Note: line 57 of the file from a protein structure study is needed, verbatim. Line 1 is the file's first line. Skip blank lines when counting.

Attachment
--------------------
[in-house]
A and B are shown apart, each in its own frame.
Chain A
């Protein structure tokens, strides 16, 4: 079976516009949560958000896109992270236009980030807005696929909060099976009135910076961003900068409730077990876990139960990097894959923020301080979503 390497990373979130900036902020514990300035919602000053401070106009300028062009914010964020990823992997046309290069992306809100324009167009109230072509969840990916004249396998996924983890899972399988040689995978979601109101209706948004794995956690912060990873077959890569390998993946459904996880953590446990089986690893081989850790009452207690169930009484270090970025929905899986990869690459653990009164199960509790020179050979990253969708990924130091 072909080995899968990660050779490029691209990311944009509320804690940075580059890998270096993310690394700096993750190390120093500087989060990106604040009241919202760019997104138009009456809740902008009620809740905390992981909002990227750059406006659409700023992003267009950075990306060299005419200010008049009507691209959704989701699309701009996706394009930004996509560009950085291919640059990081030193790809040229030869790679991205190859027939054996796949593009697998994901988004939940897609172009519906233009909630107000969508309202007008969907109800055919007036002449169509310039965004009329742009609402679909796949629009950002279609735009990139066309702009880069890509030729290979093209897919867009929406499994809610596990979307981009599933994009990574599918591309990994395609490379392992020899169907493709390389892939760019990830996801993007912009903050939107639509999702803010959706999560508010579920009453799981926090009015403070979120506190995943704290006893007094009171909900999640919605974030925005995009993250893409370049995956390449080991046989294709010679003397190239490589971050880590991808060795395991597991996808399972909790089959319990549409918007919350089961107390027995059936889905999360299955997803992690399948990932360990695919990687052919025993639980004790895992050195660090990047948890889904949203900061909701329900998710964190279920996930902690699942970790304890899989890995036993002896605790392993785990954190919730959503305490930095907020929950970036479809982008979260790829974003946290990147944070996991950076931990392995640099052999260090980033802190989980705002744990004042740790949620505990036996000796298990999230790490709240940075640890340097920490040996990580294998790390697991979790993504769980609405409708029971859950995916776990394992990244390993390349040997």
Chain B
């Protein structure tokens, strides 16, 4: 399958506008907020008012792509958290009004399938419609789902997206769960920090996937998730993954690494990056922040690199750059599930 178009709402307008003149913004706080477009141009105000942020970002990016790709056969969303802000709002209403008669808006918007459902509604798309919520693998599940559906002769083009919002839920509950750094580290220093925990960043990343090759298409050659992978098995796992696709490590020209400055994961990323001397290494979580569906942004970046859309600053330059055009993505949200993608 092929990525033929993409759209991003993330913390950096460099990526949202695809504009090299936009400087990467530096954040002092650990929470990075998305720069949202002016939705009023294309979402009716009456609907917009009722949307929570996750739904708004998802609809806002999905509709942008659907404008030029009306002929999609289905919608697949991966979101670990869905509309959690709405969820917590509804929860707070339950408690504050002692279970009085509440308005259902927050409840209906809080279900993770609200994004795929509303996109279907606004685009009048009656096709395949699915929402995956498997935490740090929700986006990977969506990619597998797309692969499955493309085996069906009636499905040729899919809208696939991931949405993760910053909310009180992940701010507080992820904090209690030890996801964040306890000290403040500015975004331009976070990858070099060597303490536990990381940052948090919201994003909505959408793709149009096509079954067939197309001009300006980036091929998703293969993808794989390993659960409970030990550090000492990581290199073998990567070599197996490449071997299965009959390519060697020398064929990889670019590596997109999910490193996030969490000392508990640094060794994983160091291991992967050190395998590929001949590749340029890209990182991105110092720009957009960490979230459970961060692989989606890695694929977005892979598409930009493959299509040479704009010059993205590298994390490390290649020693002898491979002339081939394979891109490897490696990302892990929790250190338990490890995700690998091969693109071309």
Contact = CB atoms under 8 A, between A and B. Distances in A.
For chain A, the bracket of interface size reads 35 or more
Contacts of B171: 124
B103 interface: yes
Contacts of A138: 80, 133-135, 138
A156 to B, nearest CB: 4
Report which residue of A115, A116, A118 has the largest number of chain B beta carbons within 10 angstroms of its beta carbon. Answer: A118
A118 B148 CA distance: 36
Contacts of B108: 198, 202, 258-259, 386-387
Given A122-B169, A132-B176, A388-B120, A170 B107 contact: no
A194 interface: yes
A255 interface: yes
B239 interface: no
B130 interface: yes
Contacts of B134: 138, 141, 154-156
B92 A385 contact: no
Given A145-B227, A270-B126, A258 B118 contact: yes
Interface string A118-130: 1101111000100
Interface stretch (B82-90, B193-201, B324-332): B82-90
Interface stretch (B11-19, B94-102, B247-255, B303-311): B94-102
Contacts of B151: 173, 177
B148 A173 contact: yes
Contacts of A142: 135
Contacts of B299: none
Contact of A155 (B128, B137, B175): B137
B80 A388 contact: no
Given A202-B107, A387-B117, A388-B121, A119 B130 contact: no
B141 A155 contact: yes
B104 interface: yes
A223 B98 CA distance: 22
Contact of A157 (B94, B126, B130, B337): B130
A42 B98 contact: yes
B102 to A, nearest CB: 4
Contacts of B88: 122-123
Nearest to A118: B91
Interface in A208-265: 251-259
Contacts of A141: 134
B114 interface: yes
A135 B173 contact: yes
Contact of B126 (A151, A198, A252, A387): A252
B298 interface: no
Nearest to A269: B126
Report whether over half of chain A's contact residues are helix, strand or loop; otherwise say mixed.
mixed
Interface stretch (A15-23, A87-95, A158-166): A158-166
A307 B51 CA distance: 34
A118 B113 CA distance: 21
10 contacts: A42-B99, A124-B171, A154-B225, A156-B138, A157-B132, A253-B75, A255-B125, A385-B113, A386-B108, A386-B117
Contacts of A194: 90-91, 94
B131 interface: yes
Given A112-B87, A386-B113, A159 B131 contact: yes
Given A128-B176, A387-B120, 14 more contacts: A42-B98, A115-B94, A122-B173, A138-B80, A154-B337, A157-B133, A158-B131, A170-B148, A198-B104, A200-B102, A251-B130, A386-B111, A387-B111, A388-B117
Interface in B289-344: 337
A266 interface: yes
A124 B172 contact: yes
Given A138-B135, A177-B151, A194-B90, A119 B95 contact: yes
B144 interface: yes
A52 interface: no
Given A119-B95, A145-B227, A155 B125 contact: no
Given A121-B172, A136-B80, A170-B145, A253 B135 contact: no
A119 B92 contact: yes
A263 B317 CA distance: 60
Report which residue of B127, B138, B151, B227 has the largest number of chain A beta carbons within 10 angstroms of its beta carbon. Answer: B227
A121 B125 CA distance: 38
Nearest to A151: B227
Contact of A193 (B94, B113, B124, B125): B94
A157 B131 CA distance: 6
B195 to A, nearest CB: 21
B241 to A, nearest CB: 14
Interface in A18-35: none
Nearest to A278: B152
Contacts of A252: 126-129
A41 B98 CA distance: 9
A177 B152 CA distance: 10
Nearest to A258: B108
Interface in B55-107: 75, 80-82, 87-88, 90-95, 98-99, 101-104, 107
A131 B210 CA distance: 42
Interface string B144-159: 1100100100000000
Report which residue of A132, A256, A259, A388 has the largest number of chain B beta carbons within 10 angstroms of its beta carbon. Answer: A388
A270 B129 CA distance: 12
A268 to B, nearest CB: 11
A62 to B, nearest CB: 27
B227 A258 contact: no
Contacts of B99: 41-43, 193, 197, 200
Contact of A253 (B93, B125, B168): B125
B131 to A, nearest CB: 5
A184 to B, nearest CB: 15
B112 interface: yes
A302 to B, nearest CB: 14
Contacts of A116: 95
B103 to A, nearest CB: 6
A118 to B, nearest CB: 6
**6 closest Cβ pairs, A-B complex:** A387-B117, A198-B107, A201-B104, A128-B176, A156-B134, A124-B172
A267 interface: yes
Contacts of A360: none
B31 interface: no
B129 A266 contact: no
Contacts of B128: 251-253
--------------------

Given A112-B87, A386-B113, A159 B131 contact: yes